Nephrotic SyndromeNephrotic syndrome happens when tiny filtering units in the kidneys stop working properly. This can cause weight gain and other symptoms. Most kids eventually outgrow it.https://kidshealth.org/ws/RadyChildrens/en/parents/nephrotic-syndrome.html/b5a6b27d-3f05-405f-b91b-909cac637dc0
Sickle Cell DiseaseSickle cell disease is a disease of the blood. Red blood cells are shaped like sickles, and can get stuck, especially inside smaller blood vessels.https://kidshealth.org/ws/RadyChildrens/en/kids/sickle-cell.html/0801fa81-f59c-4e48-ae8c-ed9aa17ecf23
Urinary Tract InfectionsA urinary tract infection (UTI) is one of the most common reasons that teens visit a doctor. Learn about the symptoms of UTIs, how they're treated, and more in this article.https://kidshealth.org/ws/RadyChildrens/en/teens/uti.html/a97f6174-4629-4696-b5bc-a461856cdd95
Urinary Tract Infections (UTIs)Urinary tract infections (UTIs) are common in kids. They're easy to treat and usually clear up in a week or so.https://kidshealth.org/ws/RadyChildrens/en/parents/urinary.html/6a6f9f52-f903-4360-877f-dd35d531d84f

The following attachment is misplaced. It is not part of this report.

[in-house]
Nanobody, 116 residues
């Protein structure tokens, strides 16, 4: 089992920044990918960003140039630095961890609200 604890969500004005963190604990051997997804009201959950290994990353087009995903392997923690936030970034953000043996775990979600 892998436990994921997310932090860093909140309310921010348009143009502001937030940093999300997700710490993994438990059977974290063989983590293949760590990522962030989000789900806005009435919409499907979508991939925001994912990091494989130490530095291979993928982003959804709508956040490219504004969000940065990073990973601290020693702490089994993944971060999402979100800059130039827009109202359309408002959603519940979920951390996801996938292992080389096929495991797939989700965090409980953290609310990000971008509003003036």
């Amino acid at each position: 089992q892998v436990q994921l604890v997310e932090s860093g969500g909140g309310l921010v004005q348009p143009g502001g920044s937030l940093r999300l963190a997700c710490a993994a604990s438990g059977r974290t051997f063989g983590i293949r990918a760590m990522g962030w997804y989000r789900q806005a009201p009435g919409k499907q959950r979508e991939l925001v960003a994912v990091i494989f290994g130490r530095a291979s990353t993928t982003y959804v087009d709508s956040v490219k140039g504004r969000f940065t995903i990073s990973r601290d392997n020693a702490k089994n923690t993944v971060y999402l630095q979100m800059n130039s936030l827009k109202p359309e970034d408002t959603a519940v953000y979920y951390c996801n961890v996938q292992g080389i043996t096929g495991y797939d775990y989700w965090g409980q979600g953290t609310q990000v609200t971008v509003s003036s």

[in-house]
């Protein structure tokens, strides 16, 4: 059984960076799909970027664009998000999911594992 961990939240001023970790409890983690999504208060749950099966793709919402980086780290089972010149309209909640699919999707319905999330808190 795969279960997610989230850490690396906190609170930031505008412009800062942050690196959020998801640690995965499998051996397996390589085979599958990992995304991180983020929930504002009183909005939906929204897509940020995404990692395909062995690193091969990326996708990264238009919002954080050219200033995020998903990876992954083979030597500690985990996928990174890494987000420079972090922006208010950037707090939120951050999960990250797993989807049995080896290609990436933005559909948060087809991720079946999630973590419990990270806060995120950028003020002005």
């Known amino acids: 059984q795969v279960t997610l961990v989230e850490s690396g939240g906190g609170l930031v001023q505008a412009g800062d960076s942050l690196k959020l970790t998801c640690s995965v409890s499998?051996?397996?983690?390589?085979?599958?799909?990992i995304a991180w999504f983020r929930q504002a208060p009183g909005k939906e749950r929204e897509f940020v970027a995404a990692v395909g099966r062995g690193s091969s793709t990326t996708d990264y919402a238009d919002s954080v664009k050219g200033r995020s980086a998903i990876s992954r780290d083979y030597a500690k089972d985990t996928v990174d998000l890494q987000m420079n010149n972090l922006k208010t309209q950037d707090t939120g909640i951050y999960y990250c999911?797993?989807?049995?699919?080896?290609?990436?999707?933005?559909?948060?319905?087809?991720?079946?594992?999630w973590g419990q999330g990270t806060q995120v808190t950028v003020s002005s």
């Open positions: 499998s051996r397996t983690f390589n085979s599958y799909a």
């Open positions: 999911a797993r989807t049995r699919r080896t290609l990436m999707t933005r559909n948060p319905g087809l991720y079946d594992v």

Vesicoureteral Reflux (VUR)This problem with the urinary tract causes urine to flow backward from the bladder to the kidneys. Most cases can be treated effectively, and many kids outgrow the condition.https://kidshealth.org/ws/RadyChildrens/en/parents/vesicoureteral-reflux.html/78339e78-b7bf-4215-900c-bbc7ffef06ab
When Your Child Has a Chronic Kidney DiseaseParents of kids who have a chronic kidney disease often worry about what might happen next, how their child feels, and what treatments are likely to be involved. Find answers here.https://kidshealth.org/ws/RadyChildrens/en/parents/chronic-kidney-disease.html/9edcb2c0-d2af-4fd7-88e9-48c0ff7a2f55
Your KidneysYou need at least one kidney to live. Find out why in this article for kids.https://kidshealth.org/ws/RadyChildrens/en/kids/kidneys.html/e8b731bd-422b-4032-952a-5f2223257f23
kh:age-allAgesOrAgeAgnostickh:clinicalDesignation-nephrologykh:genre-articlekh:primaryClinicalDesignation-nephrologyKidney & Urinary Systemhttps://kidshealth.org/ws/RadyChildrens/en/parents/medical/kidney/ddb130c4-4734-46c1-af49-0b996a96356a